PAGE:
The current Rolex Daytona (ref: 116500ln-0002) debuted in 2016 and has taken on the nickname of “Ceramic” because of the proprietary Cerachrom Ceramic bezel. This is a tribute to the 1965 Daytona that also had a black bezel but made from much less scratch-resistant Plexiglass. The Daytona’s 40mm case is made from Rolex’s own 904L Oystersteel that is much more corrosion resistant than standard stainless steel. Oystersteel was created by Rolex to make sure that it would maintain its luxurious look in even the harshest environments.

On the side of the case are three pushers for working the chronograph that screw down when not in use. This screw down system for the pushers helps give the Daytona its 100-meter waterproof rating. At the heart of the Daytona is Rolex’s own 4130 movement. This self-winding mechanical chronograph movement was developed, and built, in house by Rolex. It contains 44 jewels, a substantial 72 hours of power reserve, and features a Parachrom hairspring for resistance to shocks and temperature changes. Like all Rolex movements, it is certified by the COSC to ensure its extreme accuracy.

The black dial has sub-dials that are silver and black for easy reading while driving. On the outside of the dial are polished hour makers filled with a long-lasting Chromolight luminescent material that can also be found in the hour and minute hands. Covering and protecting the dial is a scratch-resistant sapphire crystal. The Oyster bracelet is made from the same 904L Oystersteel as the case. The steel bracelet is 2-tone with the center links being polished to a mirror-like finish and outlined by finely brushed links. A folding Oysterlock clasp locks the bracelet to your wrist while Rolex’s Easylink extension allows for 5mm of adjustment without the use of tools.

Rolex 4130 Self-Winding Automatic Movement

I always enjoy seeing a tournament go to a playoff, and congrats to Webb not only winning the Waste Management but also getting his hands on a very coveted watch! I am willing to bet he didn’t have to put his name on the waiting list very long to get his Black Ceramic Daytona!

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WOTW: Brian Knudson’s Seiko Orange Monster Dive watch

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Some weeks, I think players are out to sabotage me and this column by not wearing watches! This week the winners on the PGA and European Tour decided to go without a timepiece, so I had to go with a lesser-known watch wearer…me! I am also going to write this in the third person (deal with it). So, here is GolfWRX staff member Brian Knudson’s Gen 1 Seiko Orange Monster (ref: SKX781).

WOTW Specs

Watch: Seiko Monster Diver
Reference: SKX781
Case: Stainless Steel
Bezel: Stainless Steel
Dial: Orange
Size: 43mm
Movement: 7S26-0350, 21 Jewels
Power Reserve: 40 hours
Glass: Hardlex Glass
Water Resistance: 200 Meters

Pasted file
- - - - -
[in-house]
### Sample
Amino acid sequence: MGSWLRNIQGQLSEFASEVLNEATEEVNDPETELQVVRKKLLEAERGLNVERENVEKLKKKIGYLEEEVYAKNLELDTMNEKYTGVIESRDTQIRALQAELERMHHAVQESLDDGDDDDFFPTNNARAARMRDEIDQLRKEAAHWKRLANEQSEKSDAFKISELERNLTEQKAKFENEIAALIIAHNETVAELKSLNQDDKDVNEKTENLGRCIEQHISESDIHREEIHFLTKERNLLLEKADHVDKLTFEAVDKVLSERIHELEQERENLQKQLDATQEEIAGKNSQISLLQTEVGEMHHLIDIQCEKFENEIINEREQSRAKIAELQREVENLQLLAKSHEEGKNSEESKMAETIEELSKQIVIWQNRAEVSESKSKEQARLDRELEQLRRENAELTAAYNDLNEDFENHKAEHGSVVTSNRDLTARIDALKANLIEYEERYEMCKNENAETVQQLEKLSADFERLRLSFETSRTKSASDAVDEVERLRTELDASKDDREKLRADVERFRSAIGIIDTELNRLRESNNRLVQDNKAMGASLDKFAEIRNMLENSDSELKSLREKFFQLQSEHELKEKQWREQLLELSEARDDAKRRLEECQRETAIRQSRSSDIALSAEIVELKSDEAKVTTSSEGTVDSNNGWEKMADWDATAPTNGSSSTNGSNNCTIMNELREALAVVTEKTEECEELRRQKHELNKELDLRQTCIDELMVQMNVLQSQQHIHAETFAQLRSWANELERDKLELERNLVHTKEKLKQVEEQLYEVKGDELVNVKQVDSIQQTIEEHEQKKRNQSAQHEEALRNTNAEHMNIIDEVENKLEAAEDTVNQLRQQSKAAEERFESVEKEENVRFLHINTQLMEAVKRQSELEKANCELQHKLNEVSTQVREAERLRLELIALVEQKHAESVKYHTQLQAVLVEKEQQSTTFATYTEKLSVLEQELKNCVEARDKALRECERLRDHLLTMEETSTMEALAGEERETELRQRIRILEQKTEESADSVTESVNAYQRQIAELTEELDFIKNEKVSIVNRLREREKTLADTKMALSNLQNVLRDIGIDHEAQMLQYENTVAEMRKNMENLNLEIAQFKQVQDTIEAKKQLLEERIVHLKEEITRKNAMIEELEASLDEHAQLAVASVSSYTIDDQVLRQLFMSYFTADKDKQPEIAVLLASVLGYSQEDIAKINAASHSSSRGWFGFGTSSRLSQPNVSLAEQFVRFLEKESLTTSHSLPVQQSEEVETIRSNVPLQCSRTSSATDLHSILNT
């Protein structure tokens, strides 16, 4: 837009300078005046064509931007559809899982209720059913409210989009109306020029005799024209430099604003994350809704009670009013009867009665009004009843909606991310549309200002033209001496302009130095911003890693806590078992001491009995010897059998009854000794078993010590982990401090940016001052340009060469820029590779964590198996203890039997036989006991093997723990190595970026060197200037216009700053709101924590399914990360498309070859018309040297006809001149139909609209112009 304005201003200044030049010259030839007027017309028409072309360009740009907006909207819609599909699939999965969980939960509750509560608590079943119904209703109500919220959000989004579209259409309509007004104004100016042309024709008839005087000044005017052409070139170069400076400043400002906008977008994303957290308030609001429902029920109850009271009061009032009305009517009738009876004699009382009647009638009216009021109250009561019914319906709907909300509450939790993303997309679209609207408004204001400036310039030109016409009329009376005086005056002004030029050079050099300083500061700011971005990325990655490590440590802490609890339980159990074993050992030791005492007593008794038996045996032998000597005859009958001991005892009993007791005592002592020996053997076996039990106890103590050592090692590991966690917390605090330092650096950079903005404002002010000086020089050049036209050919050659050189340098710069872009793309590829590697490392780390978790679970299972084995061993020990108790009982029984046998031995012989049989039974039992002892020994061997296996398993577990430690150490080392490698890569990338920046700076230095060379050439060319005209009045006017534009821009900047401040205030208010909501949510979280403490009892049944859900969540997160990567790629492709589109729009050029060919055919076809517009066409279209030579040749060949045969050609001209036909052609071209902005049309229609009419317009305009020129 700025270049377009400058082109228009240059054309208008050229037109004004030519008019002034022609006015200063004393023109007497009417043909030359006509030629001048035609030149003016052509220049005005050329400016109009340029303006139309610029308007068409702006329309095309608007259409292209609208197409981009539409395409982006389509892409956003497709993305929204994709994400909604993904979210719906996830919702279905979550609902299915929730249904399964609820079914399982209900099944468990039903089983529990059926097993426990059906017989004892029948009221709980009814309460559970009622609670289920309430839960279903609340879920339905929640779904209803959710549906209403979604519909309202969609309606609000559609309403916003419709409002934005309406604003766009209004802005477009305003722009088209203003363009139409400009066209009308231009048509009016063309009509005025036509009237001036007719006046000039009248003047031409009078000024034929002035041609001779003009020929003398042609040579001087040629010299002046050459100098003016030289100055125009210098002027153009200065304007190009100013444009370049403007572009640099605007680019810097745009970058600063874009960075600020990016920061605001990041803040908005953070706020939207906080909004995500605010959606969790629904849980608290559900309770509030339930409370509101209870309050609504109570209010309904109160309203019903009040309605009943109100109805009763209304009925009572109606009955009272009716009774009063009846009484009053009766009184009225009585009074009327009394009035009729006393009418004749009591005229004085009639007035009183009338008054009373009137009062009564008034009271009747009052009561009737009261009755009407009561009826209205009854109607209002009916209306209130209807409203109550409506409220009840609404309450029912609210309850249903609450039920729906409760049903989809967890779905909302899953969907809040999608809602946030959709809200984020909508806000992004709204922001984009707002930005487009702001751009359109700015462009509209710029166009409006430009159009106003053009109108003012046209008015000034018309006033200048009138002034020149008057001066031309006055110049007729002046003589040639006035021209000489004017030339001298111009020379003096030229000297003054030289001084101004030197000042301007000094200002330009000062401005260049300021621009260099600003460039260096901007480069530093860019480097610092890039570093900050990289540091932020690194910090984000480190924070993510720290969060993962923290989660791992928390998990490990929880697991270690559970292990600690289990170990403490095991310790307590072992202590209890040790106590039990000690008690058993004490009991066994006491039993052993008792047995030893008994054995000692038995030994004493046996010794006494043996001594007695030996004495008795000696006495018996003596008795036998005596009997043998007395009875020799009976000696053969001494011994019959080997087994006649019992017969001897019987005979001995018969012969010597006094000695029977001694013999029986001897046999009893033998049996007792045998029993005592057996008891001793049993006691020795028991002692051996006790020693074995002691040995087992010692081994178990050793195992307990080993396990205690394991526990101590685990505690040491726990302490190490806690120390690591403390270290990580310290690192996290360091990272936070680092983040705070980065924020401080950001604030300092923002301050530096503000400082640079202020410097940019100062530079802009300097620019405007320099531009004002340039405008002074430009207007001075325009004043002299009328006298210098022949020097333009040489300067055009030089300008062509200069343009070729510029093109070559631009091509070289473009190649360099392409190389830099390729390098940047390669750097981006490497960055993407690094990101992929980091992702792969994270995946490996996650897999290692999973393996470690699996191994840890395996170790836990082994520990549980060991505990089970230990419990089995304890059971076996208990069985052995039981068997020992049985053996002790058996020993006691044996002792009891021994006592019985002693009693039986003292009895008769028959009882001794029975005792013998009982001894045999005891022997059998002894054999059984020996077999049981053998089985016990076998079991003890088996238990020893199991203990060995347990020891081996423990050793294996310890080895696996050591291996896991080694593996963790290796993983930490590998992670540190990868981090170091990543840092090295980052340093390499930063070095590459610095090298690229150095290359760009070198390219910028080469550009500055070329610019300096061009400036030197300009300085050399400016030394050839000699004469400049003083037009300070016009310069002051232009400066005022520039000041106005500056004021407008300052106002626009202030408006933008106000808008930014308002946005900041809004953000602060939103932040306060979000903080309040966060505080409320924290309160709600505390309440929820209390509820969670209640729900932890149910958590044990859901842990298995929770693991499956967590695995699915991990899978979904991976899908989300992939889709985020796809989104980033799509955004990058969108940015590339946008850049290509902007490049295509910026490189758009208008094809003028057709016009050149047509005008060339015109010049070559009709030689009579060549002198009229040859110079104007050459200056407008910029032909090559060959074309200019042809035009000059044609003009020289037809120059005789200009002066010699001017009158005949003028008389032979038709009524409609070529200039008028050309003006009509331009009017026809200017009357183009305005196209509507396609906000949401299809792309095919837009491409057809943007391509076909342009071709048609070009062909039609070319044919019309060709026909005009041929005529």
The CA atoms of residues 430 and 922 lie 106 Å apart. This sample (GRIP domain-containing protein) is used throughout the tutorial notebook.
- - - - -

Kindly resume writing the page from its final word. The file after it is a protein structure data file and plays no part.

Bracelet: Stainless Steel
Price: $300

Seiko was started way back in 1881 by a young man named Kintaro Hattori in Tokyo. He repaired and sold clocks and watches until 1892 when he opened his factory making his own clocks. Three years later he created his first pocket watch and in 1913 built his first wristwatches, under the Laurel name. This was also the first wristwatch made in Japan and before it, there were very few wristwatches imported to the country.

Seiko made its first dive watch in 1965 and in 2000 released a new dive watch that was nicknamed “Monster” on forums and websites. The Monster was available with either a black or orange dial, with the orange becoming one of the most recognizable dive watches on the planet. The Orange Monster is a great value tool watch that can stand up to just about anything you can throw at it. These aren’t rare watches and Seiko made this model for well over a decade, so you can still get them at a fair price on the secondary market.

Monsters are somewhat large at 43mm but not too overwhelming on even the average-sized wrist. The 43mm case is made from stainless steel and really only contributes to about half of the bulky 14mm watch height. The case has a groove pattern that matches the large toothy bezel as well as bezel protection from 3:30 to 7:30 and 10:30 to 1:30. The ratcheting bezel is also made from a matching stainless steel but finished in a glare-reducing brushed finish. The large groves, or teeth, make using the bezel easy to do underwater while wearing gloves.

The Orange Monster has a crown that is down at the 4 o’clock position, instead of traditionally being at 3, and is protected by steel extensions of the case sometimes called shoulders. Add in a stainless steel screw-down case back and all this armor give the Monsters a significant water resistance rating of 200m. Inside the steel case is a Seiko 7S26 self-winding automatic movement containing 21 jewels and has about a 40-hour power reserve. This workhorse movement is very durable and has decent accuracy for this price range.

The orange dial is of course what gives this watch its name and it is surrounded by blocks of luminescent material that mark the hours. The block markers are one of the main design features of the 1st generation Monsters and the next version had a pointed design that looked like a shark tooth. The hands are finished in black and filled with a hefty amount of the same luminescent material. The SKX781 also includes not just the date at 3 o’clock but also the day. Covering the dial is glass that Seiko has called Hardlex and is very scratch resistant.

Orange Monsters come with either a rubber strap or a stainless steel bracelet. This Monster started out life with the ribbed rubber strap with the Seiko diver logo on it, but after going through a couple of those, it was switched out for the stainless bracelet. The solid link bracelet features a 2-button folding clasp with a safety lock and an extension for use with a wetsuit.

I know this isn’t the celebrity watch sighting that you were hoping for this week, but maybe it is the watch sighting you need? This will also probably be the cheapest timepiece we ever feature on WOTW. Maybe one day Knudson will save a couple of nickels and upgrade, but until then the Orange Monster will be the star of his videos.